- Major markets in Asia attempted to recover from last week's sharp losses.
- The Markit/Caixin manufacturing Purchasing Managers' Index (PMI) dropped to 40.3, much lower than expectations of a reading of 45.7 in a Reuters poll.
- The official Purchasing Managers' Index (PMI) fell to 35.7 in February — the lowest level on record, according to Reuters — as compared to a reading of 50.0 in January.
Major markets in Asia attempted to bounce back on Monday after sharp losses last week, even though Chinese manufacturing data released over the weekend and on Monday came in much worse than expected.
Mainland Chinese stocks surged on the day as they attempted to recover from Friday's steep fall. The Shanghai composite was 3.15% higher at about 2,970.93. The Shenzhen component added 3.65% to 11,381.76 while the Shenzhen composite gained 3.769% to approximately 1,869.65. Hong Kong's Hang Seng index also advanced 0.75%, as of its final hour of trading..
The moves upward on the mainland came despite a private survey released Monday that showed factory activity in China slumping to a record low in February. The Markit/Caixin manufacturing Purchasing Managers' Index (PMI) dropped to 40.3, much lower than expectations of a reading of 45.7 in a Reuters poll. The figure had come in at 51.1 in January. The 50-point level in PMI readings separates growth from contraction.
The survey release came on the back of data released by the National Bureau of Statistics on Saturday, which showed the official PMI falling to 35.7 in February — the lowest level on record, according to Reuters — as compared to a reading of 50.0 in January. Analysts in a Reuters poll had expected the official February PMI to come in at 46.0.
"China's February manufacturing PMI at 35.7 is comparable to the sort of outcomes seen during the financial crisis," Richard Yetsenga, chief economist at Australia and New Zealand Banking Group, wrote in a note dated Mar. 2. "While businesses are restarting operations in China, the vast majority are operating well below capacity, and many restrictions on the movement of people remain.
Elsewhere, the Nikkei 225 in Japan recovered from an earlier slip to rise 0.95% on the day to 21,344.08. Shares of Sharp were up 2.2% following reports from Japanese media late last week that the firm is set to start making face masks amid a shortage caused by the coronavirus outbreak.
South Korea's Kospi gained 0.78% to close at 2,002.51. Stocks in Australia, however, continued to decline on Monday, with the S&P/ASX 200 down 0.77% to close at 6,391.50 after tumbling through last week.
Meanwhile, the FTSE Bursa Malaysia KLCI Index slipped 0.44% in afternoon trade. That followed the shock appointment of a new prime minister after the country's former premier Mahathir Mohamad unexpectedly resigned last week. Indonesia's Jakarta Composite also declined more than 1% after the country confirmed its first two coronavirus cases, Reuters reported citing the country's President Joko Widodo.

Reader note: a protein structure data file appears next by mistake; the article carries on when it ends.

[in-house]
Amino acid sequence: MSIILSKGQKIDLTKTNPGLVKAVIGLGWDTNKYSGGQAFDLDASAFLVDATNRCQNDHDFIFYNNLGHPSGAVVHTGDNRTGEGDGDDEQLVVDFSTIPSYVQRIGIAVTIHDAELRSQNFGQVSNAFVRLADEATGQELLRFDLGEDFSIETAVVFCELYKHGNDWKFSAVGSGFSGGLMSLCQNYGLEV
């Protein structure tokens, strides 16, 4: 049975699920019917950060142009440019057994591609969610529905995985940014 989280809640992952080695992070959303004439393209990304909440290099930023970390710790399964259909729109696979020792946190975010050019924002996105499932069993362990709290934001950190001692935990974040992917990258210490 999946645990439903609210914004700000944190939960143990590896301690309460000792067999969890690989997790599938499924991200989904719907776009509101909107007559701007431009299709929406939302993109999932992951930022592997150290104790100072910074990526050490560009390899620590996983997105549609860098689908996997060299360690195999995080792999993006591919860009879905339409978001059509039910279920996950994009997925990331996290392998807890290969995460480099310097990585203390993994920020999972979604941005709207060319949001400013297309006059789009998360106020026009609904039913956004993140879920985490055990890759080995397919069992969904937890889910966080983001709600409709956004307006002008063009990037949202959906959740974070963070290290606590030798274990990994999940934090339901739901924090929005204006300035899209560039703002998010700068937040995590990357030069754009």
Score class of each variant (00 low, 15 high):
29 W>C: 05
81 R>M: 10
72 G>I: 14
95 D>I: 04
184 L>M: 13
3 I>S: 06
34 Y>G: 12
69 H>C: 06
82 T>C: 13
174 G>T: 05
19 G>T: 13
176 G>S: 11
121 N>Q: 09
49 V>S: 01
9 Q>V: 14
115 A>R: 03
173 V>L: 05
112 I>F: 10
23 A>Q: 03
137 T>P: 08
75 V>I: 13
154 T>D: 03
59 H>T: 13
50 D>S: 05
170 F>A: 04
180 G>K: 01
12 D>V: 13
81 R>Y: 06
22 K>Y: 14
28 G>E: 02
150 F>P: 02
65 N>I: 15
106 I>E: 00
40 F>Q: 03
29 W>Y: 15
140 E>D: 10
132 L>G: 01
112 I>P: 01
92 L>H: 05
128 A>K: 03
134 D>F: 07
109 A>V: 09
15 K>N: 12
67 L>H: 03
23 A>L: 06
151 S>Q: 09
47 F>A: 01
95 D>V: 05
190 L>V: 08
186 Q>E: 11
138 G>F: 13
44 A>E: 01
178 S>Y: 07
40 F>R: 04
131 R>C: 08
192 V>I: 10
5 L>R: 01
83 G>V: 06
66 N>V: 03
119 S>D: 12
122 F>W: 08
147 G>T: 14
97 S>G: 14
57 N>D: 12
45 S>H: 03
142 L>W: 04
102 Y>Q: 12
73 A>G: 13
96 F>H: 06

Overall, the MSCI Asia ex-Japan index was 1.06% higher.
OCBC's Vasu Menon told CNBC on Monday that the market rebound was due to "a case of bad news being good news."
"Markets are saying that you know the bad news, the fallout in the markets might lead policymakers to launch stimulus and stimulus is seen as good news for the markets at least for the short-term," Menon, who is executive director of investment strategy, wealth management Singapore at OCBC Bank, told CNBC's "Street Signs" on Monday.
Menon said markets are now pricing in a "aggressive move" by the U.S. Federal Reserve, following the central bank chairman's comments on Friday about taking "appropriate" action to support the economy. Meanwhile, the "bad" Chinese PMI numbers have also raised expectations that the People's Bank of China could take action, he said.
"Will the kind of policy stimulus we're talking about, in terms of monetary policy, take care of a virus problem?," he said. "I'll be cautious, I wouldn't be too aggressive at this juncture."
The moves regionally on Monday came after markets saw a global sell-off in recent days as investor concerns rose over the rapid spread of the coronavirus outside of China, where it was first reported. The sharp moves downward left multiple major Asia-Pacific markets in correction territory by Friday's market close, with their counterparts stateside and in Europe also seeing steep losses.
Amid the market turmoil, bond yields have continued touching new record lows. On Sunday night stateside, the benchmark U.S. 10-year Treasury yield broke below 1.04% for the first time ever. It was last at 1.1012%.
At least 85,000 cases of the coronavirus have been confirmed around the world so far, along with more than 2,900 virus-related deaths. Australia, Thailand and the U.S. reported over the weekend their first coronavirus-related deaths. On Sunday, World Health Organization Director-General Tedros Adhanom Ghebreyesus said global markets "should calm down and try to see the reality."
The U.S. dollar index, which tracks the greenback against a basket of its peers, was last at 98.007 after declining from levels around 99.6 last week.
The Japanese yen, often viewed as a safe-haven currency in times of economic uncertainty, traded at 108.31 per dollar after seeing an earlier high of 106.97. The Australian dollar changed hands at $0.653 after dropping from levels above $0.6555 last week.
Oil prices surged in the afternoon of Asian trading hours, with international benchmark Brent crude futures up 3.08% to $51.20 per barrel. The U.S. crude futures contract gained 2.73% to $45.98 per barrel.